An unequivocal answer to this question cannot be given. The starting points used differ per sector and per institution. In educational institutions, for example, we often see the current ratio as a yardstick for the buffer to be maintained. The current ratio indicates the relationship between the current assets and the current liabilities. The Education Inspectorate uses a current ratio of at least 0.5 for institutions in higher education and intermediate vocational education, and at least 0.75 for institutions in primary education, as a signaling value. However, many administrators and supervisory boards are comfortable with a higher standard and aim for a minimum ratio of 1.0 or higher.
An advantage of this methodology is that the current ratio does not yet take into account any room under the current account facility. This means that any current account facility can serve as an extra buffer in difficult times. A disadvantage is that the current ratio is generally a snapshot of the end of the year; no account is taken of intra-year developments. In case of an institution with volatile cash flows, guiding buffers by means of the current ratio can also lead to a yearly varying available buffer.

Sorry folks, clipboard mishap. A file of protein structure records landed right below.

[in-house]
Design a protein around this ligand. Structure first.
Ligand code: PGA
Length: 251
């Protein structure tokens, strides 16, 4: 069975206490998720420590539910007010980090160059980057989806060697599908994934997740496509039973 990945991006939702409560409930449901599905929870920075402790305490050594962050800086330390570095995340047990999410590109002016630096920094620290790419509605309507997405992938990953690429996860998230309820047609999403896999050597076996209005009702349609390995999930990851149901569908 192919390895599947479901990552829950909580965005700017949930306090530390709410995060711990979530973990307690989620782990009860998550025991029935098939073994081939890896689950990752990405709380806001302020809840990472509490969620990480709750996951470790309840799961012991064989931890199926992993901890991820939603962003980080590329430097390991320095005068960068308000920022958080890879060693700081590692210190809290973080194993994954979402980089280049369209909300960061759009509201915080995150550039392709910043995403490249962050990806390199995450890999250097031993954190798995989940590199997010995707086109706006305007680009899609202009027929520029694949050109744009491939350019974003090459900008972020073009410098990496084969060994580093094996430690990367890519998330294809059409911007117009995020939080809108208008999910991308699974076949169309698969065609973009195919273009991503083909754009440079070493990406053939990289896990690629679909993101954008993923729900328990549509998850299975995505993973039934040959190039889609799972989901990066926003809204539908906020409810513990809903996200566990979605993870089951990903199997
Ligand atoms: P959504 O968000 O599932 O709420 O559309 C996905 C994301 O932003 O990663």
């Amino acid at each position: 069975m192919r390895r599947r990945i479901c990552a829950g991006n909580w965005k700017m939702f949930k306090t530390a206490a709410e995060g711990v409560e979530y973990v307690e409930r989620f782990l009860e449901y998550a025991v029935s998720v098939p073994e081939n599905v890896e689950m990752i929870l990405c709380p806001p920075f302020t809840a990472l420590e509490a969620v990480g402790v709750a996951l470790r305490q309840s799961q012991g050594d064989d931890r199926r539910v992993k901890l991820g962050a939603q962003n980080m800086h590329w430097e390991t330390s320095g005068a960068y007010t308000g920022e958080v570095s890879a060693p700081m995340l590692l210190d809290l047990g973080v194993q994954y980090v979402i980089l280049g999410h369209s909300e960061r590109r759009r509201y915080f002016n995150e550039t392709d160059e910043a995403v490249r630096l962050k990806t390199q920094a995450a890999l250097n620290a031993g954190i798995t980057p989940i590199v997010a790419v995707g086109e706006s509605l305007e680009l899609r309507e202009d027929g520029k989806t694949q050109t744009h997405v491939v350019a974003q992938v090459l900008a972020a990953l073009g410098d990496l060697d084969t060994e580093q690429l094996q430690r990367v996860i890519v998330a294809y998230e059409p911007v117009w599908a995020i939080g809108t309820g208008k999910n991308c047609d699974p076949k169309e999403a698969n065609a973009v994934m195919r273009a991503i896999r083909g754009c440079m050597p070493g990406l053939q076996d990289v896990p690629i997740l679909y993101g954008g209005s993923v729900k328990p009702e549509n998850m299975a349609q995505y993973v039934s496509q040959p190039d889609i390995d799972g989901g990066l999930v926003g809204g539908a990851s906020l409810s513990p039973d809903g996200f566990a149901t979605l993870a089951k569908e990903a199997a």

An alternative is to keep the amount of the liquidity buffer constant by steering towards an absolute norm. The WFZ, for example, advises healthcare institutions to use twice their turnover per month as the standard, but states that this is not a universal, objective standard. Zanders also sees many institutions using a standard of twice the monthly salary or 1.5 months' turnover. One point to note is that these standards are often quite high.
Our general advice is to gear the amount of the buffer to the liquidity development in both the short and long term, the risks and factors that play a role in your sector and in your institution. In addition, we recommend that the development of your long-term budget in the event of negative developments, also referred to as scenario analyses, be included in the consideration. Comfort can also play an important role. After all, it is up to you to determine which liquidity buffer is most appropriate and offers most comfort in daily operations.

Different components of your buffer

Decisions must be made not only about the amount, but also about how to build up the liquidity buffer. Banks often offer the option of maintaining a liquidity buffer in the form of a current account facility, where the borrower pays commitment fees on the unused proportion and is charged a variable interest rate plus mark-up on the used portion. Generally, the amount of the current account is tailored to the institution's liquidity forecasts.